Theology of CST
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 "This is what the Lord requires of us: To do justice, to love mercy, and to walk humbly with our God." (micah 6:8)


"In Micah 6:8, doing justice means to be actively engaged in the redistribution of power in the world,

to correct the systemic inequalities that marginalize some for

the excessive enhancement of others."

Walter Bruggemann,

Hebrew Scripture Scholar



                                       Catholic Social Teaching


Catholic Social Teaching (CST) is the Catholic Church’s ethical framework for analyzing the economic, social and political realities of the world we live in. It starts from the conviction that the Christian Gospel has implications for all dimensions of human life and activity.


Based on the core beliefs of Christian faith, such as the dignity of the human person made in the image of God, it sets out ethical principles and guidance, which can appeal to all people, whether Catholic or not. Catholic Social Teaching has a particular importance for Catholics, whom it challenges to transform the world we live in as part of living their faith.


Catholic Social Teaching has come to prominence in the last hundred years, as the Church has responded to immense changes in social and political structures. But this does not mean it is something new.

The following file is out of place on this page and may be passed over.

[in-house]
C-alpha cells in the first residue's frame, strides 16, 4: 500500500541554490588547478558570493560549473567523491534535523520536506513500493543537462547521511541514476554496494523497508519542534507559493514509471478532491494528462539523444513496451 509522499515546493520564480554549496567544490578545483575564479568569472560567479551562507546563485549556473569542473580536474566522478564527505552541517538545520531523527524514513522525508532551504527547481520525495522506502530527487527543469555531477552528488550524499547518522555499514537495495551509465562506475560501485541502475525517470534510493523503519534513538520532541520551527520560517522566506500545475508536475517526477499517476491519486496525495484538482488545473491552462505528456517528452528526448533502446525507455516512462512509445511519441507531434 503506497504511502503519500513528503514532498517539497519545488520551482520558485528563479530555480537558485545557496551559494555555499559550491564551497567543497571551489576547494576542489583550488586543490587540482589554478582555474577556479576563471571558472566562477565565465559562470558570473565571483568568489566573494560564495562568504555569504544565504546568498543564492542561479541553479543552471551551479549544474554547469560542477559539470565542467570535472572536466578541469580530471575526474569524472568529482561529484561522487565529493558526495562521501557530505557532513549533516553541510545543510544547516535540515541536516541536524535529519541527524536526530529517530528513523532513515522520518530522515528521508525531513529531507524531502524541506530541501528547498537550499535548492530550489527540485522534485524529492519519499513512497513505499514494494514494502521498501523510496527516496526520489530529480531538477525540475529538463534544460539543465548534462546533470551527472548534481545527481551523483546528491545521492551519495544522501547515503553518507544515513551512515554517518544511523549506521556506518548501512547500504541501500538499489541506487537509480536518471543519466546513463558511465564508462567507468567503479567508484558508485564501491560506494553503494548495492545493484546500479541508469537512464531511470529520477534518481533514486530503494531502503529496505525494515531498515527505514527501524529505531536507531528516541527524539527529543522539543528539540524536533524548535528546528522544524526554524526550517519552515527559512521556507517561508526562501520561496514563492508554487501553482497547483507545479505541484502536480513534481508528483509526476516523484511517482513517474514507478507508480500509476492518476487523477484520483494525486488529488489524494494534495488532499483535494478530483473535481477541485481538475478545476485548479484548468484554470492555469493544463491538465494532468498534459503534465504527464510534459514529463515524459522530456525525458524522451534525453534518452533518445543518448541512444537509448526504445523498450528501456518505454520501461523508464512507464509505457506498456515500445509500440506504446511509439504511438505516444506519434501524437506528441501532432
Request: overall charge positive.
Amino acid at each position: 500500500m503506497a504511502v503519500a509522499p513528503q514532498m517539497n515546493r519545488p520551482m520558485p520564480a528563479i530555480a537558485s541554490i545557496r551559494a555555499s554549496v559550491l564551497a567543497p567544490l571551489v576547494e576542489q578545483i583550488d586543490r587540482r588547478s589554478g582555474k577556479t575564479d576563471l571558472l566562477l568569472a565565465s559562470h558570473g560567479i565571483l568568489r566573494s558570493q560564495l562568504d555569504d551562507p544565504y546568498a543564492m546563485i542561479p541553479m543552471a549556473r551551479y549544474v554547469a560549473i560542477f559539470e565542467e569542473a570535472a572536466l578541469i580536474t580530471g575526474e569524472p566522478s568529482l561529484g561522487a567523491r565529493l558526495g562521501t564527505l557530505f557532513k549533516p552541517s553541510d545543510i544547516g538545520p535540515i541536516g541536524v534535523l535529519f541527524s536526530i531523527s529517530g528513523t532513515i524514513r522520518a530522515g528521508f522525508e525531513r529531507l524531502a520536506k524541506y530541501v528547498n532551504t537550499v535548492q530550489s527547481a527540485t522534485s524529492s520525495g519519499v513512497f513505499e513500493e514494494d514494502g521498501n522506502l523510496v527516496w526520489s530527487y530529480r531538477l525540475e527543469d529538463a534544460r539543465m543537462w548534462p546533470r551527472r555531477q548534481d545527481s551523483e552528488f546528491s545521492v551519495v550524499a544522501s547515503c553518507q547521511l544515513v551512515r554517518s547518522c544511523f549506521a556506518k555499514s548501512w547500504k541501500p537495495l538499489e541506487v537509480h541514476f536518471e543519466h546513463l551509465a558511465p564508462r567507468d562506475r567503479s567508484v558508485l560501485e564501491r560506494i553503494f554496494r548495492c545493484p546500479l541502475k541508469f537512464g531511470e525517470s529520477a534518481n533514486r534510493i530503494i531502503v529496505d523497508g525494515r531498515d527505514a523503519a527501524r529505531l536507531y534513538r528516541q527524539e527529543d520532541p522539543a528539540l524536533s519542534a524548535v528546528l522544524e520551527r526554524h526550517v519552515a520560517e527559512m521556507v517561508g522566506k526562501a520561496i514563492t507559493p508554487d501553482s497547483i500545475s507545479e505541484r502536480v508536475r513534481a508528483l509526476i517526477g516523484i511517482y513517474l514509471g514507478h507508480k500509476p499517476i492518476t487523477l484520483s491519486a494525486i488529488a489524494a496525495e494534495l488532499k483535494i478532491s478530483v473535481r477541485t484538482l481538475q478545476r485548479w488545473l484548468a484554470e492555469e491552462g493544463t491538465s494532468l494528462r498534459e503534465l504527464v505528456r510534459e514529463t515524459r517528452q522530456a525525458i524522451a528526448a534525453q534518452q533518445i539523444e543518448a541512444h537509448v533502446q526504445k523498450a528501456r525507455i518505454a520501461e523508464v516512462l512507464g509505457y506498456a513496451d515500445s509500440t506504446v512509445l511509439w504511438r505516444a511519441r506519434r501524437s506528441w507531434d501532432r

From the time of the early Church onwards, Christians have been inspired by faith to seek justice and to protect and uphold people who are poor. In the last century, the Church has gradually made this teaching more systematic, as successive popes and the Second Vatican Council have set out the Church's thinking on complex contemporary realities.


Catholic Social Teaching has several distinctive characteristics:


Catholics regard it as authoritative: when Catholic Social Teaching is set out either at the global level by the Pope or a Synod of Bishops, or at national level by Conferences of Bishops, it has a claim on the attention and response of the global Catholic community numbering around a billion.


It is dynamic and unfolding. Although it contains principles that are permanently true, such as the obligation to seek social justice, it is also enriched by absorbing new insights such as the importance of human rights. Catholic Social Teaching develops in response to changing social, political and economic realities.


Although Catholic Social Teaching is formally articulated by bishops and the Pope, it is nourished, expressed and applied in practice by the faith and action of members of the Church who work for justice.




Catholic Agency for Oversees Development